Father-of-five stabbed in the head after friend's 'crude' remark, Cleethorpes murder trial hears

scene of Cleethorpes stabbing
Tom Gaughan died after being attacked during a night out, the court heard. Credit: GrimsbyLive/MEN

A father-of-five was stabbed in the head as violence flared after his friend made a "crude" remark about his attacker's girflriend, a murder trial has heard.Tom Gaughan, 33, died in hospital last August a month after he was attacked in Cleethorpes. Connor Hulse, 22, of High Street, Cleethorpes, is on trial at Grimsby Crown Court charged with murder. He denies the charge.

Grimsby Crown Court heard the men had been drinking at separate venues with friends before the incident on 21 July.CCTV showed Mr Gaughan and his friend Jack Kitchen walking along High Street towards Grant Street when they came across Mr Hulse and his girlfriend Gabrielle Hough. Prosecutor Sam Green KC told the court: "It appears that Jack Kitchen made a highly crude, sexual and offensive remark directed at Gabrielle Hough. Public disorder then erupted between the men in each group."Mr Gaughan punched one of Mr Hulse's friends, Daniel Champion, in the head, knocking him to the ground. As he stumbled to the pavement, Kitchen kicked Mr Champion to the head, which knocked him out.Mr Green said: "As Champion lay on the ground, knocked out, events took a grave and fatal turn because Connor Hulse produced a knife from the waistband of his trousers and, with his right hand, attempted to direct roundhouse blows with that implement in the direction of the two other males."CCTV then showed Mr Gaughan staggering off.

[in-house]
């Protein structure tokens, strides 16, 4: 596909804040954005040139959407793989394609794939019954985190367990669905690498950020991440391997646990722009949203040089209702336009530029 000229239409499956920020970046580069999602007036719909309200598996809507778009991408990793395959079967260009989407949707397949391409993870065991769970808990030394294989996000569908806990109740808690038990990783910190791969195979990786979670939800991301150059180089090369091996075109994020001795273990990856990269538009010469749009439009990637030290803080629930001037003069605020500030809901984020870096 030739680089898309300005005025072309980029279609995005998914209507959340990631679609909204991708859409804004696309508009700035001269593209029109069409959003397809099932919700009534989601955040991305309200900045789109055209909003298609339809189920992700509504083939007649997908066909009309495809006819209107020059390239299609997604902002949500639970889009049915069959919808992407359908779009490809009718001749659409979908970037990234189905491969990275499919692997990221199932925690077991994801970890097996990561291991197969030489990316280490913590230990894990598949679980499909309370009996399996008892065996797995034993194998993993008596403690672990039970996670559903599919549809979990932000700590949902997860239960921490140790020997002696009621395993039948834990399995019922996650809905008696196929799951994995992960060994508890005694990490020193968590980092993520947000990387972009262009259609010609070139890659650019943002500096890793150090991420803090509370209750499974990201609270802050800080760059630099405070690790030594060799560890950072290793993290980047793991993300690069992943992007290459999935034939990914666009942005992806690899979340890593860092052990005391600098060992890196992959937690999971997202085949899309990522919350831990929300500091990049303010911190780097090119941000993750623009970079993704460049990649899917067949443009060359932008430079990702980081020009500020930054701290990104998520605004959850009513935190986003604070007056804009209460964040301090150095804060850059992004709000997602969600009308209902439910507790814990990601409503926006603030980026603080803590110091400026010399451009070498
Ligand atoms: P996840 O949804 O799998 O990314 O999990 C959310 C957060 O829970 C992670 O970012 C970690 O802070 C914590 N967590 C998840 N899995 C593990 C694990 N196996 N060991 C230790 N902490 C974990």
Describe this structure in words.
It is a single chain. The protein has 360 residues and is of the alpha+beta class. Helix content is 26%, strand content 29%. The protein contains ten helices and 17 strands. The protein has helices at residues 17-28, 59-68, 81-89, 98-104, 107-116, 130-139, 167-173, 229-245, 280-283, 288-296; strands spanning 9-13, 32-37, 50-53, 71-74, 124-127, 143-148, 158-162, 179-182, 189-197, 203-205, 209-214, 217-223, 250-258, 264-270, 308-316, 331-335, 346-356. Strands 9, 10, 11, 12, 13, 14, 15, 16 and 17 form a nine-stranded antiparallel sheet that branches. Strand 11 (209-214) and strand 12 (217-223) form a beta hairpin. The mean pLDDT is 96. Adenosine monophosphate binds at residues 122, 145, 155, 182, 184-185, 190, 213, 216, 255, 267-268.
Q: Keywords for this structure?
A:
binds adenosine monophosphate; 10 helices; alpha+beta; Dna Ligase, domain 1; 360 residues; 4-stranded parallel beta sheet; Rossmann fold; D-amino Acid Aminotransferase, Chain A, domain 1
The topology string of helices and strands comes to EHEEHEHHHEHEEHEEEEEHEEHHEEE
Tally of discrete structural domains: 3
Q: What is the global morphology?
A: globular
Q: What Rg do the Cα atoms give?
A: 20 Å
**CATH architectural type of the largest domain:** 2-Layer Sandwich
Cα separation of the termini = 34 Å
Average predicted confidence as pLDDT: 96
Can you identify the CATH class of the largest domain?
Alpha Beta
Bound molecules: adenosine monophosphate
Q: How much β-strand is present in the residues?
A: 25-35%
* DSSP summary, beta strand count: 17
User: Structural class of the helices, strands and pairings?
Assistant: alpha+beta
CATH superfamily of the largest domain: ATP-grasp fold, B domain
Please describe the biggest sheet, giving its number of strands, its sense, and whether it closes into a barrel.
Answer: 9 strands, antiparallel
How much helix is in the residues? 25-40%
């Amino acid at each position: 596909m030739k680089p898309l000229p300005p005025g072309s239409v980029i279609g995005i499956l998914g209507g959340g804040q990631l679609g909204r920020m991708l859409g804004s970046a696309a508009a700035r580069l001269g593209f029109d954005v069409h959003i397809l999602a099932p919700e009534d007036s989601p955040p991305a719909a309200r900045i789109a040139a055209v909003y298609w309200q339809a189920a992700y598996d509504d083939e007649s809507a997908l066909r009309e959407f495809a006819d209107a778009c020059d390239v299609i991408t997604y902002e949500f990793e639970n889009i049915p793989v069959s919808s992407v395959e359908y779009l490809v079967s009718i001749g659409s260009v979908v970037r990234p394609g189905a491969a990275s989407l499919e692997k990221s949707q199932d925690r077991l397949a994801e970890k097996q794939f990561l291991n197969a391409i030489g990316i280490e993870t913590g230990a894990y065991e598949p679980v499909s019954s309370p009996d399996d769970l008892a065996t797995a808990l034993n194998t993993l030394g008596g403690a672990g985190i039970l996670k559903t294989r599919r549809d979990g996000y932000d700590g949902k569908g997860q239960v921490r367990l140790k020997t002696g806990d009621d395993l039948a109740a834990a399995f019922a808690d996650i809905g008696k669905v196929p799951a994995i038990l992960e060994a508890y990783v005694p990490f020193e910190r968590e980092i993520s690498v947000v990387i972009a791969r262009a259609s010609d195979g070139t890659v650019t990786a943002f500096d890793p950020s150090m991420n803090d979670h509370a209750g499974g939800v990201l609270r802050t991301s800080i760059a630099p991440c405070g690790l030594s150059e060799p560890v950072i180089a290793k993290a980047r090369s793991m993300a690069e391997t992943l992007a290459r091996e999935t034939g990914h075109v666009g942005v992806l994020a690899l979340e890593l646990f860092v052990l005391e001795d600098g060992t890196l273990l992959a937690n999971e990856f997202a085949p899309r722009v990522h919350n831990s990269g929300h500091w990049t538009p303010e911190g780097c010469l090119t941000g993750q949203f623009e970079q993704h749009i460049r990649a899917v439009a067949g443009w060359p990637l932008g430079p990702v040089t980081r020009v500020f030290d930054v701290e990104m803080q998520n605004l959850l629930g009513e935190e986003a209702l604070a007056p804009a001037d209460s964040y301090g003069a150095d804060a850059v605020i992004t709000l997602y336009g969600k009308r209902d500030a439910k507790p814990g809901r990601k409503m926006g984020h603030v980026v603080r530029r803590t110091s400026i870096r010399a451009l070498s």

The trial was told Mr Gaughan had suffered a fatal injury after the knife penetrated his skull and entered his brain. Mr Hulse later handed the knife to Hough. The 18-year-old has admitted assisting an offender by taking the knife.

Two other men have admitted affray, the court heard.Mr Green said: "Our purpose is to make it clear that the prosecution does not condone the conduct of any of the parties involved in this incident, which does none of the participants any credit, because we accept all concerned were engaged in criminal public disorder."But the prosecution say that, in producing a knife and using it to stab a man through the skull, Connor Hulse took an ugly incident of public disorder to a whole new level and that there is no justification for using it in the way he did.

"We anticipate he will say he was acting in defence of himself and his companions. But what possible justification is there for carrying a knife, let alone producing it and hitting out with it repeatedly, even when the men you claim to be defending yourself against, are backing off?"Mr Green said Mr Hulse told officers: "I got started on by some guys." He claimed one of them had made a sexual suggestion to his girlfriend. The trial continues.

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